Poster: Rock el Valiente (Wan Wan Chushingura)

Poster: Rock el Valiente (Wan Wan Chushingura)

Rock el Valiente is the Spanish title for Toei Doga's 1963 animated feature film, Wan Wan Chushingura. This movie is a loose retelling of the Japanese tale of The 47 Ronin, but presented with a cast of animal characters, including dogs, foxes, bunnies and a ferocious tiger. It's a very good movie, entertaining and colorful and featuring a great action-filled climax. Toei always knew how to end their pictures on a strong note.

Today, this movie is probably best remembered as Hayao Miyazaki's very first work in animation, where he began as a lowly in-betweener. In his memoirs, he famously grumbled that all of his drawings were corrected by the supervising animators, which made his initial drawings unrecognizable. This is what the old-timey folks called "paying your dues." In short order, the ambitious young animator was already working his way up the animation ladder, and famously offering a novel idea for the ending to the next Toei feature film, Gulliver's Space Travels. By 1965, he had advanced to the level of key animator on the television series Hustle Punch and Wolf Boy Ken, where he famously met another young director named Isao Takahata. One of cinema's all-time great partnerships had begun, and would last for the next 50 years.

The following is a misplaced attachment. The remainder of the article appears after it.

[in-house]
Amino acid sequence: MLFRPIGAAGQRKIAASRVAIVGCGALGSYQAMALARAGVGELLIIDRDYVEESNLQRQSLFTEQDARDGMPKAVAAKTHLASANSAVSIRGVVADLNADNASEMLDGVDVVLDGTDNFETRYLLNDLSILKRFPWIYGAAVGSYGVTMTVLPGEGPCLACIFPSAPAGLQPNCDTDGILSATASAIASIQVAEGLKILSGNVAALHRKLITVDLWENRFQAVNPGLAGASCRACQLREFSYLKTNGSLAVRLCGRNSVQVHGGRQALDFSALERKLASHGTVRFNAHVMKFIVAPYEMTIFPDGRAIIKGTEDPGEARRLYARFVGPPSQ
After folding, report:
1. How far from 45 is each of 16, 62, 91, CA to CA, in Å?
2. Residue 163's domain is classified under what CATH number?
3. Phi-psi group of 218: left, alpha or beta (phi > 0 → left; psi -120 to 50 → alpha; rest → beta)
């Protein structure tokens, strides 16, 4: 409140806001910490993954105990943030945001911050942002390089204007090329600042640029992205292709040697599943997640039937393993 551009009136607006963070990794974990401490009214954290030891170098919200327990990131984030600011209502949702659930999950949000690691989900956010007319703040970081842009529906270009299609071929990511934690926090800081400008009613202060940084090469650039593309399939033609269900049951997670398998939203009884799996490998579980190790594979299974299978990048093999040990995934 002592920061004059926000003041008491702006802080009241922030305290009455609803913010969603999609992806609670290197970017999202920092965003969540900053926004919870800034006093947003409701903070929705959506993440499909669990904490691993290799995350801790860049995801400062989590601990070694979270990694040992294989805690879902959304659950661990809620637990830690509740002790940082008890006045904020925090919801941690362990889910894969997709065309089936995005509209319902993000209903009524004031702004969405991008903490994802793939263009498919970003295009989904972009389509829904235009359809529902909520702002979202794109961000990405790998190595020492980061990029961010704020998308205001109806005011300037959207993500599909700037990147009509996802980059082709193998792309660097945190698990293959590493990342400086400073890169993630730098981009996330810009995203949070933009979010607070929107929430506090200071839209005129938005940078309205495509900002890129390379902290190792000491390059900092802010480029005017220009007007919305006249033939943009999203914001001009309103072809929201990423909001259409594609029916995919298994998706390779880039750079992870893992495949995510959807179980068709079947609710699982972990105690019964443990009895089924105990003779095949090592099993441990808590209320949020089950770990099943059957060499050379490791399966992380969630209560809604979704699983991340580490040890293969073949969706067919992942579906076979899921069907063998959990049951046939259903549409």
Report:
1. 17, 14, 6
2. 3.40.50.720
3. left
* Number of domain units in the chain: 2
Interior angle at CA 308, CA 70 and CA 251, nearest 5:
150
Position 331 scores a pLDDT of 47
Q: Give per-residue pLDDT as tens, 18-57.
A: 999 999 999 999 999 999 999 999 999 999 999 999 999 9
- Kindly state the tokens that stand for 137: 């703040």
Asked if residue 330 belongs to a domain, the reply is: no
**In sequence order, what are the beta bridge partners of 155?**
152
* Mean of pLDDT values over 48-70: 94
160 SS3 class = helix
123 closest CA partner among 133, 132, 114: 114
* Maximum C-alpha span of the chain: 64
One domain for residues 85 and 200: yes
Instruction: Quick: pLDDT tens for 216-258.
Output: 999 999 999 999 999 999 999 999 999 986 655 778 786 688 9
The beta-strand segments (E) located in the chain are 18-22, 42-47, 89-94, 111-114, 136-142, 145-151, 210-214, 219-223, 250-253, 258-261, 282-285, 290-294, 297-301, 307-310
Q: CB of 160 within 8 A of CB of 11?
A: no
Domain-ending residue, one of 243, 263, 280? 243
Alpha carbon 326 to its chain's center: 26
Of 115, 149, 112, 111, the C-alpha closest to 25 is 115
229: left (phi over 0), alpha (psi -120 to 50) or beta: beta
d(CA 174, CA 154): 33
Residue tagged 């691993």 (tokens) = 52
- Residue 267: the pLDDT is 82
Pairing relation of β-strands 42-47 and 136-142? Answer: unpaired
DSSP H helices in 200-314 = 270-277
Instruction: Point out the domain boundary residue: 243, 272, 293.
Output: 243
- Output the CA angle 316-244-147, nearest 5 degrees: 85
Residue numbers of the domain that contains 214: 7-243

Anyway, back to our movie poster, which looks terrific. I can only imagine how rare and expensive this is. Such finds are extremely rare on Ebay, so it's a special honor to anyone who was fortunate enough to grab one of these gems. I like the layout sense of color, and it's especially nice that this poster retains the classic Yasuji Mori character designs. He was one of the all-time great cartoon animators.

I have great affection for the "classic" Toei Doga movies of the 1950s and 1960s, which followed the Walt Disney formula while offering a very unique Asian spin, with a young generation of artists who were endlessly experimenting. It's beyond baffling that these films that were once so important to Japanese animation are all but forgotten. We need a renaissance for classic animation. There's so much beauty and art in the world to discover.

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